ICTV Catches Digital Wave, Pitches Internet-TV Platform

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Strategically refocusing its business plans, ICTV Inc.
wants to concentrate on the crowded field of providing high-speed Internet access over
digital-cable television.

The Silicon Valley company is staking its future on a new
digital version of its headend-based platform for providing Internet access and other
interactive applications through the current generation of digital-cable set-top boxes.

Working against ICTV are competitors such as WorldGate
Communications Inc. and Source Media Inc.'s Interactive Channel, which are aiming for the
same market, plus cable-industry trends that so far have moved toward putting interactive
functions in advanced set-tops, rather than in the headend.

Robert Clasen, the MSO veteran who became ICTV's chairman
in August, said his company is banking on a possible shift in cable-operator sentiments
about whether to offer interactive services primarily via powerful, but expensive,
advanced digital set-tops such as General Instrument Corp.'s "DCT-5000" and
Scientific-Atlanta Inc.'s upcoming "Explorer 6000."

ICTV's pitch is that its solution does not require embedded
set-top software in the box. This means it can leverage -- at about $100 or less per
customer -- the millions of currently deployed digital set-tops, such as the GI
"DCT-1000" and "DCT-2000," to generate new revenue from interactive
services.

ICTV argued that its platform provides the same or better
functionality and performance for Web browsing or for interactive functions such as gaming
as the advanced digital boxes do, but as a headend-based solution, it would be cheaper to
deploy and easier to manage.

The company also contended that as Moore's Law continues
making greater computing power available ever more cheaply, just as it has for personal
computers, headend-based processors, operating systems and Web browsers will be easier to
upgrade than set-tops will, as customers demand more powerful applications.

So far, the company said, MSOs have been willing to listen.

"They're giving us body language that they realize the
inherent long-term limitations of thick clients," Clasen said at a briefing last week
about ICTV's plans. "We're hearing that consistently from thought leaders at major
MSOs. We're getting second and third meetings. We've been around 10 years, and we've never
gotten those before."

ICTV has shifted its own course away from its analog
platform, offering television access to the Internet and a library of CD-ROM games and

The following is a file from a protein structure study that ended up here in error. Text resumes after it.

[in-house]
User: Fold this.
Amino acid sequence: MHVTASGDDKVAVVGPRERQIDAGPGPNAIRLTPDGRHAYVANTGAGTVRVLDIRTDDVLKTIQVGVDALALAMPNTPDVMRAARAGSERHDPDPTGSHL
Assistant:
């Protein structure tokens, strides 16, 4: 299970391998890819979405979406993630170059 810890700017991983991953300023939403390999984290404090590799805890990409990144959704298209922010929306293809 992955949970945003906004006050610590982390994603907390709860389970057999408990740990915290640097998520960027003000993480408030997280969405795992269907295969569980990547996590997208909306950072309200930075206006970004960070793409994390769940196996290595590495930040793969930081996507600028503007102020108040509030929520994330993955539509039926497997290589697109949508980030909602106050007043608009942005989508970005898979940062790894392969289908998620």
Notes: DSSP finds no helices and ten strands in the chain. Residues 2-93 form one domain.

other titles that so far has met with admittedly limited success.

ICTV's system launched this past March with St. Joseph
Cablevision in Missouri, and the company announced a deal later that month with Bresnan
Communications, but it has reported no other big wins.

"We got branded as a games channel," Clasen said.
"We did games because nobody else could." The CD-ROM service will still be
offered, but on an a la carte basis on the digital platform.

The digital platform relies on PC cards installed in ICTV
equipment at the cable headend, with each PC having a dedicated Ethernet connection to the
Internet backbone. ICTV transmits Internet and other data as MPEG-2 video streams,
eliminating the need for new set-top software.

New encoding techniques enable the system to support 40 to
80 simultaneous users on a single 6-megahertz cable channel, versus the three to six
channels operators had to use for the analog product. Proprietary frequency-reuse
technology enables one channel to serve an operator's entire set-top universe, ICTV said.

Data speeds reach up to 100 megabits per second for locally
cached content, compared with 10 mbps for ICTV's analog product.

"This solves what were perceived as shortcomings in
their analog product line -- primarily that it chewed up just way too much channel
capacity," said Michael Harris, president of Phoenix-based Kinetic Strategies Inc.

"The other piece is they've got more density on the
headend and better processing power," Harris added, "but they're swimming
against an industrywide philosophical approach to interactive TV that says the processing
power goes in the set-top box."

That approach so far has been exemplified by operators such
as AT&T Broadband & Internet Services, which has a commitment to deploy 5 million
DCT-5000s carrying software that includes the set-top Internet navigator developed by
Excite@Home Corp.

But Clasen said remarks by some executives at major MSOs
indicated that they might be rethinking how heavily they will rely on "thick"
set-tops such as the DCT-5000, which bear hefty price tags in addition to big processing
power.

"We're finding that there's a large group in AT&T
that doesn't support the DCT-5000 because of its cost," ICTV senior vice president of
marketing Michael Collette said.

A high-level executive at one MSO, who asked not to be
named, said his company was looking at ICTV and several other possible solutions for
low-level interactivity before its planned DCT-5000 launch.

"These solutions could work on a large embedded base
of 1000s and 2000s as we roll out the 5000s," the executive said. "They all have
pluses and minuses."

ICTV is not alone in believing that MSOs will see a
compelling business model in offering more headend-centric solutions. GI has indicated
that it sees a vast mainstream market for such solutions that utilize existing deployments
of its boxes and create potential new demand for older-generation set-tops such as the
DCT-2000.

GI has also introduced a new set-top, the
"SURFview," which has WorldGate's Internet-access software as a native
application. The box carries a $99 price point.

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